Food fine, not groundbreaking. Pupils seem okay with it, though some parents describe it as ‘a bit dated’ and wonder if teenagers could cope with something more challenging than fish fingers. Pupils have access to kitchens in houses – toast, jam, scones, cereal – during the school day. No one comes home hungry.

Where discipline is required, school acts swiftly and decisively, calling parents in as appropriate. Carrot used more than stick, though, and success celebrated. Prizegiving a ‘lovely experience’, even when online. ‘They are very good at giving rewards for going above and beyond in anything,' says one mum, pleased that ‘even my more chaotic child has already had three this term'. House cup awarded to student who demonstrates the school’s core values.

Uniform straightforward. Expectation is that pupils are smart, though enforcement seems fairly relaxed - one mum pleased that her daughter ‘doesn’t get pulled up for wearing a couple of bracelets', while another was jokingly horrified that hers ‘sometimes comes home looking like a barmaid'. Some boys rocking trendy haircuts, which we took as a good sign about unstuffiness – ‘Happiness is more important than hair length,' confirm staff.

Pupils and parents

Children of farmers, local businessmen and London commuters mix happily. Minibuses bring them in from as far as Oxford, Newbury and High Wycombe, though majority live nearby. ‘Quite a local catchment,' say parents, ‘so you get a sense of community.’ ‘There are three families in our village - you wouldn’t get that elsewhere.’ An exceptionally welcoming crowd, from what we can gather – ‘The first time we met we all swapped numbers and I immediately had back-ups for the school run.’ ‘There’s a nice social buzz around the school; at our other son’s school, we never saw anyone.' ‘Everybody gets out of the car and says hello at drop-off.' Very multicultural, particularly given the area - ‘much more so than my other son’s school even aspires to be'. Most families dual-income and not interested in money and who has it. Lots have been to village primaries nearby. Much more low-key than many of the glossier schools on the south Oxfordshire-Berkshire scene - ‘The cars in the car park are noticeably muddier at OS,’ we hear.

Active PA, known as FOS. Newbies thrilled to discover that cheese and wine night was ‘literally cheese and wine rather than an opportunity for the head to schmooze us'.

Money matters

Scholarships (10 per cent remission) or exhibitions (five per cent) available for academics, sport, art and design, music and drama. Means-tested bursaries available as well as significant discount on boarding for service families.

The last word

Families in this area are spoilt for choice and until recently, the Oratory was not a go-er. Now, ‘We’re back to our A game,’ say staff. Parents agree - ‘it’s like a new school'; ‘we all want to be on board'; 'they’re excited, so we’re excited – it’s a joy to be a part of that'. A happy little school with old-fashioned values and a modern approach that has emerged from a rough patch with its sights set firmly on the future. With excellent leadership and now girls on board too, the Oratory seems to be thriving.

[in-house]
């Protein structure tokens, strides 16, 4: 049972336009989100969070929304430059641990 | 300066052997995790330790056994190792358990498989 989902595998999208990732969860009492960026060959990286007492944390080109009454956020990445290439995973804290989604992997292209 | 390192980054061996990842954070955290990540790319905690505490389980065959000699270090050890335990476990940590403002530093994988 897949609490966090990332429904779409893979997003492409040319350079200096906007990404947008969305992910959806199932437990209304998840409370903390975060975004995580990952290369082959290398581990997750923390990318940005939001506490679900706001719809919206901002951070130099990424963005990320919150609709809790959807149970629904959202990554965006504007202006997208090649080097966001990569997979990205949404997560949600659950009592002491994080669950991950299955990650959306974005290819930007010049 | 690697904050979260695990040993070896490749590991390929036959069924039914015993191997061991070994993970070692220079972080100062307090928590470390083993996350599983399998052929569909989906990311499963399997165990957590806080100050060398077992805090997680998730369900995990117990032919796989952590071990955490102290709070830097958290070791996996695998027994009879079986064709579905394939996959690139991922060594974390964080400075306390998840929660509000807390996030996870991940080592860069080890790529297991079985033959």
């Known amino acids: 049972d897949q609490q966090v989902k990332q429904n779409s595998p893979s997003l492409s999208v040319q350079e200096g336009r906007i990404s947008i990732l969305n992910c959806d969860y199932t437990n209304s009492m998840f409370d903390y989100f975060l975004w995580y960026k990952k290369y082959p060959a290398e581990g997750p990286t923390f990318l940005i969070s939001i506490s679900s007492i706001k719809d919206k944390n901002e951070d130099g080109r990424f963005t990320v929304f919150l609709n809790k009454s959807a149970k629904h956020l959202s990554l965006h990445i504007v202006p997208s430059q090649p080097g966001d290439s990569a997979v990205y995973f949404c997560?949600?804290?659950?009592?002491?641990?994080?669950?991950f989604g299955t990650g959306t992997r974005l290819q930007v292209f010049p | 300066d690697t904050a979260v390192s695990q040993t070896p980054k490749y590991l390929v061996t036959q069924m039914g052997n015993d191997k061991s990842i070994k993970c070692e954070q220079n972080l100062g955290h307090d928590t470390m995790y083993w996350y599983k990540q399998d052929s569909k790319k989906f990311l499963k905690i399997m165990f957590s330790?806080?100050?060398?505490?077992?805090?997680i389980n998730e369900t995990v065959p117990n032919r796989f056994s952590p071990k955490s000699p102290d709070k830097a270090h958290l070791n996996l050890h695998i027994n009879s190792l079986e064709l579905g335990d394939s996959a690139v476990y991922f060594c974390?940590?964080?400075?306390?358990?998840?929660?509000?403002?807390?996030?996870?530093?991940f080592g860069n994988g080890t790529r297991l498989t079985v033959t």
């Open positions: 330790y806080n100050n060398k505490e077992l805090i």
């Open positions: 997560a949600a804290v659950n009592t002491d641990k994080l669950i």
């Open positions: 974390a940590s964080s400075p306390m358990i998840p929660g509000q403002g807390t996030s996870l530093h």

Please note: Independent schools frequently offer IGCSEs or other qualifications alongside or as an alternative to GCSE. The DfE does not record performance data for these exams so independent school GCSE data is frequently misleading; parents should check the results with the schools.

Who came from where

Who goes where

Special Education Needs

Pupils at The Oratory School with special educational and disability needs are inclusively educated in small nurturing classrooms. Teaching techniques and resources are differentiated within the classroom to ensure all pupils achieve their full potential. However, we do recognise that although the boys may be academically able, they may also require additional support because they have a learning difficulty. The Curriculum Support department at the school provides excellent provision for these pupils and consists of qualified, specialist teachers. The four broad ‘areas of need’ which are supported in the department are defined as: communication and interaction; cognition and learning; social, emotional and mental health difficulties; and sensory and physical needs. Support is personalised and targeted and there is a close relationship between Curriculum Support teachers and the subject teachers. We also work in partnership with a variety of support services including speech and language therapists and educational psychologists. The Oratory School provides high quality education for pupils with these requirements, ensuring that their educational needs are met and that they all reach their potential within a caring and supportive environment. There is an additional charge if extra provision is made.

Condition Provision for in school
ASD - Autistic Spectrum Disorder Y
Aspergers Y
Attention Deficit Hyperactivity Disorders Y
CReSTeD registered for Dyslexia
Dyscalculia Y
Dysgraphia Y
Dyslexia Y
Dyspraxia Y
English as an additional language (EAL) Y
Has an entry in the Autism Services Directory
Has SEN unit or class
HI - Hearing Impairment
Hospital School
Mental health
MLD - Moderate Learning Difficulty Y
MSI - Multi-Sensory Impairment Y
Natspec Specialist Colleges
OTH - Other Difficulty/Disability
Other SpLD - Specific Learning Difficulty
PD - Physical Disability Y
PMLD - Profound and Multiple Learning Difficulty Y
SEMH - Social, Emotional and Mental Health Y
SLCN - Speech, Language and Communication Y
SLD - Severe Learning Difficulty
Special facilities for Visually Impaired
SpLD - Specific Learning Difficulty Y
VI - Visual Impairment

Who came from where